- "Since the coronavirus outbreak, we have seen that it will bring about fundamental changes in the way people work and organize their supply chains," Singapore's Chan Chun Sing told CNBC's "Squawk Box Asia" on Thursday.
- He said Singapore's strict intellectual property protection regulation was the "most critical" factor for companies racing to develop vaccines.
- Chan said the stable coronavirus situation in Singapore means people don't feel like they need to rush to take a vaccine when it becomes available.
SINGAPORE — The Covid-19 pandemic has changed the way companies deploy their employees and how they organize their supply chains — and that could create opportunities for Southeast Asia, says Singapore's trade and industry minister.
As the pandemic hit, workers have moved to work remotely from home, and several companies have announced policies to allow employees to continue doing so until next year, or even permanently.
"Since the coronavirus outbreak, we have seen that it will bring about fundamental changes in the way people work and organize their supply chains. For example, this work-from-home phenomenon – many companies are reorganizing the way their global footprint of where they put their people and where they put their production chains, and how they organize their supply chains," Singapore's Chan Chun Sing told CNBC's "Squawk Box Asia" on Thursday.
"And that will cause a reshuffling of global production and supply chains," he added.
He added that those changes will have some implications for Southeast Asia, when companies think about how to strengthen the resilience of their supply chains.
"If some of them diversify to Southeast Asia, there will be more opportunities for the Southeast Asian economies, including Singapore," Chan said.
With regard to Singapore's exports, which came in much worse than expected in October, Chan pointed out that not all sectors are recovering at the same pace. He added that sectors like oil and gas, marine offshore, and tourism, are still down.
"But we are confident that so long as … most of the Asian countries are able to keep their infection numbers down, Asia will be a possible engine of growth going forward," he said.
Chan said the city-state's strict intellectual property protection regulations are the "most critical" factor for such companies.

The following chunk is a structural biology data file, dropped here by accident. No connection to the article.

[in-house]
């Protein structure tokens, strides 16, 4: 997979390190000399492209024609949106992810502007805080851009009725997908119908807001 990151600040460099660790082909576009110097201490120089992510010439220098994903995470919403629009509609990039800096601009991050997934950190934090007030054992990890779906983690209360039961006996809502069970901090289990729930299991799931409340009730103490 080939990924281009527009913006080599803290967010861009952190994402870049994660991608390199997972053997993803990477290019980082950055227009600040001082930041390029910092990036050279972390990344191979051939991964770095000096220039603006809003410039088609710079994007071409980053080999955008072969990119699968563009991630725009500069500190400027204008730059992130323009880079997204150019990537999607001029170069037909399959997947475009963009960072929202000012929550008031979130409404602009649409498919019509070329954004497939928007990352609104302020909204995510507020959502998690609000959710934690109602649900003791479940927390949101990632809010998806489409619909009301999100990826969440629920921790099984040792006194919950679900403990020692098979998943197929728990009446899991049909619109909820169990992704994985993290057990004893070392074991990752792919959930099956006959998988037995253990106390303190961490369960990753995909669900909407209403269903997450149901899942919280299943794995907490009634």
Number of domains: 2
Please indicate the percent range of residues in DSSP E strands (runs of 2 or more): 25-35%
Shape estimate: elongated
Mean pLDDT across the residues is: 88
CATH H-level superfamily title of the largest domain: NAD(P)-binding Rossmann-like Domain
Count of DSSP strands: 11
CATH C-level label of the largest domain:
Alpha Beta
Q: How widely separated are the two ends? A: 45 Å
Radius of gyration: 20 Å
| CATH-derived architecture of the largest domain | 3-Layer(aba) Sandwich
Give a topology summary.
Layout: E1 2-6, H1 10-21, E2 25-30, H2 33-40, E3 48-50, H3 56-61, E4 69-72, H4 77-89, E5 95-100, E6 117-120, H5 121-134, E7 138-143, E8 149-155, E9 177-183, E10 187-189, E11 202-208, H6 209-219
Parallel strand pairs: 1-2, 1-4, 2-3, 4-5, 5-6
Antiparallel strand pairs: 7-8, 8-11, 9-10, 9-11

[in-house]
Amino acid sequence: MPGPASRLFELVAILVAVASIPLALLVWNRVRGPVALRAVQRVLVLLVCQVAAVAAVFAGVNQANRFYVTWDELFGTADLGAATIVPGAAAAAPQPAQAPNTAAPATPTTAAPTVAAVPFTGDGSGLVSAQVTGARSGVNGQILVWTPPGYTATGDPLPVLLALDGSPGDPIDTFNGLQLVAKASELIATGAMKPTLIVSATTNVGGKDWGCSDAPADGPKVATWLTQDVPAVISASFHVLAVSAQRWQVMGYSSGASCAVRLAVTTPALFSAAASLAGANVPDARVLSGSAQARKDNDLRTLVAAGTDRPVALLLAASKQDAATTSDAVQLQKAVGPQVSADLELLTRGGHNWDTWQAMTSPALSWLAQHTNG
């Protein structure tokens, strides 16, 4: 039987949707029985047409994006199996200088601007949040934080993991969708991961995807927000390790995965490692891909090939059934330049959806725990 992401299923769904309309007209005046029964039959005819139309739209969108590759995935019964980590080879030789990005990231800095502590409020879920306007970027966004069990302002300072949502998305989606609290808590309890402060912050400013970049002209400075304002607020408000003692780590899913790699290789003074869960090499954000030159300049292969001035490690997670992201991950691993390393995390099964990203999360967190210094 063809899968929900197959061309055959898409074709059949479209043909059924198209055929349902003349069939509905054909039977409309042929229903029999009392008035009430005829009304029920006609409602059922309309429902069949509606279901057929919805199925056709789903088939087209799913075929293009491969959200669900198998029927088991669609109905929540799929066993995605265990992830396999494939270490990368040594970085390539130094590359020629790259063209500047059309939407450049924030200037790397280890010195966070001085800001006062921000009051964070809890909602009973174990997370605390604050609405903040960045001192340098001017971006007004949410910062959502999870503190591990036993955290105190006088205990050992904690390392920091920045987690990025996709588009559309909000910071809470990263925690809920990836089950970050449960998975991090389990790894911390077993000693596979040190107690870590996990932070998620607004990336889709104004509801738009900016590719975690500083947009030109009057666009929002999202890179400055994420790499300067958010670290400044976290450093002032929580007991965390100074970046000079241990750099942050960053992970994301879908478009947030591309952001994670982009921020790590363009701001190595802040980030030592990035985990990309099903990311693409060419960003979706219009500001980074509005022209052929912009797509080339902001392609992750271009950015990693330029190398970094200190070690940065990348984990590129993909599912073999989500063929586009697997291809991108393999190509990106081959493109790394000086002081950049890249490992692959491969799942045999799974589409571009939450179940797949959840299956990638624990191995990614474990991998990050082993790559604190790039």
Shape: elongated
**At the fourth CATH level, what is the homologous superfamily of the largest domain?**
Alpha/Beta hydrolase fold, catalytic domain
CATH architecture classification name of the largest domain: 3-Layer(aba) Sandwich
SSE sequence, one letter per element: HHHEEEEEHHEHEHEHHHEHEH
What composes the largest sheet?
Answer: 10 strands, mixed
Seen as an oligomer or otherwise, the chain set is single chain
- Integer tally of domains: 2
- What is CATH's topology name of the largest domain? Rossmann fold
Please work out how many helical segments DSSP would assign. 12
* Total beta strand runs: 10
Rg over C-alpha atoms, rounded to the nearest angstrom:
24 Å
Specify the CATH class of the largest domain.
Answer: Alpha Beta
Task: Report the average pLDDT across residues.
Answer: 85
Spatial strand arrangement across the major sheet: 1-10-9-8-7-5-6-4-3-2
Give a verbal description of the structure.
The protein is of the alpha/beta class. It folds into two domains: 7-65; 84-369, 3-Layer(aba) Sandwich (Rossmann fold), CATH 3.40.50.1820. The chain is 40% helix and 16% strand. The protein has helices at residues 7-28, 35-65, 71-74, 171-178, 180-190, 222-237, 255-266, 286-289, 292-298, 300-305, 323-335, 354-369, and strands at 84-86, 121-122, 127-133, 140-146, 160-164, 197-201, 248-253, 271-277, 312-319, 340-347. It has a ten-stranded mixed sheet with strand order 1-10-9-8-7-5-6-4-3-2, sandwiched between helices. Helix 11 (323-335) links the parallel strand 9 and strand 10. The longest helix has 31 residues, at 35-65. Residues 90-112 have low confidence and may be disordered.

"And increasingly … I would say (this is) the most critical consideration as to where people put such knowledge-intensive industries in. So this includes the bio-pharma sector … ICT sector," he said, referring to the Information and communications technology industry.
Apart from that, Singapore is making sure it's staying "open" without export restrictions even during the pandemic.
"That makes us extremely attractive for people to base their production and distribution chains out of Singapore," Chan said. "While other countries might try to attract some bio-pharma companies … based on the size of their domestic market, we attract companies here based on the size of the global and regional market."
Chan said the coronavirus situation in Singapore has currently stabilized, and people are not feeling like they need to rush to take a vaccine when it becomes available in the country.
Asked if the Singapore public is open to taking a vaccine, or whether people perceive the vaccine with a degree of caution, he said: "At this point in time, when I talk to … the general public in Singapore, there's no great urgency for people to want to rush to take the vaccine."
"Partly because the situation in Singapore has stabilized, and people know that actually there's no need to rush to do this," he said.
The number of new locally transmitted cases in the country has fallen to zero for the past several days, although there are still a few imported cases.
"We will take our time to make the assessment to make sure that any vaccine that is available in Singapore is safe for our public use," Chan concluded.